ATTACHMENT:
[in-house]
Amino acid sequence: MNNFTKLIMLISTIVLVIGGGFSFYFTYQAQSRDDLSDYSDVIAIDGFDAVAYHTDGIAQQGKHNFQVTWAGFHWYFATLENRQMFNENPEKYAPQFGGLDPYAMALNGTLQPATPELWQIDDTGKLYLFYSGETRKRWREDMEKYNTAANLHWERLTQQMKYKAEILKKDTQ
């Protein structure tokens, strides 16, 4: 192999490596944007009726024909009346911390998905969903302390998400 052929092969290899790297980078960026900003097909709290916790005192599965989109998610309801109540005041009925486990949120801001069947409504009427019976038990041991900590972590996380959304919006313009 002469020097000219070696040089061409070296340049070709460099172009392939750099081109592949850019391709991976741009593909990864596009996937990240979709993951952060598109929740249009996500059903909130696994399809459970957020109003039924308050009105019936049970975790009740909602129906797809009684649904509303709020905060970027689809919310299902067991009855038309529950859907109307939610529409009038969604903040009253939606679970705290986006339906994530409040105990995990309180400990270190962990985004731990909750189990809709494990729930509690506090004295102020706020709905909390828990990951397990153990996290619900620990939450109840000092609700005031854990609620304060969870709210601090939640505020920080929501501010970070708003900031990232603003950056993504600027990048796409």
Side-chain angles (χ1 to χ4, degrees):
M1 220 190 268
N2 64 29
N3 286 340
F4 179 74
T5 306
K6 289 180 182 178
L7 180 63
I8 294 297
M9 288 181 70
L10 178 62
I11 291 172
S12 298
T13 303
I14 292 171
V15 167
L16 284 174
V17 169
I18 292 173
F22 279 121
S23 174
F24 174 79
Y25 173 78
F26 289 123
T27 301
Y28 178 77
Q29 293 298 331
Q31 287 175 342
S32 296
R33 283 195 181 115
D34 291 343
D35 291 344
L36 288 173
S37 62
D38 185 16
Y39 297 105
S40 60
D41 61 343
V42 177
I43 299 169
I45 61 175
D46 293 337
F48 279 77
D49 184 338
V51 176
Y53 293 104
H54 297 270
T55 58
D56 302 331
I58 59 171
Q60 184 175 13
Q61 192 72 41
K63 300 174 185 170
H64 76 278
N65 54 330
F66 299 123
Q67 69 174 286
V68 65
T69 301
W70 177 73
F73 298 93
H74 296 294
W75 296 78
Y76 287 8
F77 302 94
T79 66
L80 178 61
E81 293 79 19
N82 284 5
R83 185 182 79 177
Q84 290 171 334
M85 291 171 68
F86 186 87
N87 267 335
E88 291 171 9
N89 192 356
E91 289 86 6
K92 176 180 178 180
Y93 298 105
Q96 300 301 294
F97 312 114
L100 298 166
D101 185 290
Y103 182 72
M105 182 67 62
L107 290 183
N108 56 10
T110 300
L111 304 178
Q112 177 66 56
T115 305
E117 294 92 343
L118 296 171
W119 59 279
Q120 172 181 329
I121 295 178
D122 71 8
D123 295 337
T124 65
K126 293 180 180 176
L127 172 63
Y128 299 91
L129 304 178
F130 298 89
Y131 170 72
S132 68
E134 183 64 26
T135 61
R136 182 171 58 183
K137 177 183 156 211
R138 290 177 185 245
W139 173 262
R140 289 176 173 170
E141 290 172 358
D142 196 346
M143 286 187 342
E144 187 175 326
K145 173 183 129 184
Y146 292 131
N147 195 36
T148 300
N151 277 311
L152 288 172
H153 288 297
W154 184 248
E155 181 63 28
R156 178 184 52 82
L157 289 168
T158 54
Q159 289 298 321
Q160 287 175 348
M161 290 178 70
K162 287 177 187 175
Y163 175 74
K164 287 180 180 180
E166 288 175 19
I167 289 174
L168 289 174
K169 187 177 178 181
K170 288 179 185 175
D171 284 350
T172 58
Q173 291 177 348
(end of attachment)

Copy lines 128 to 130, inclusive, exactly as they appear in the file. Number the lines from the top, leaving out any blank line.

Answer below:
W154 184 248
E155 181 63 28
R156 178 184 52 82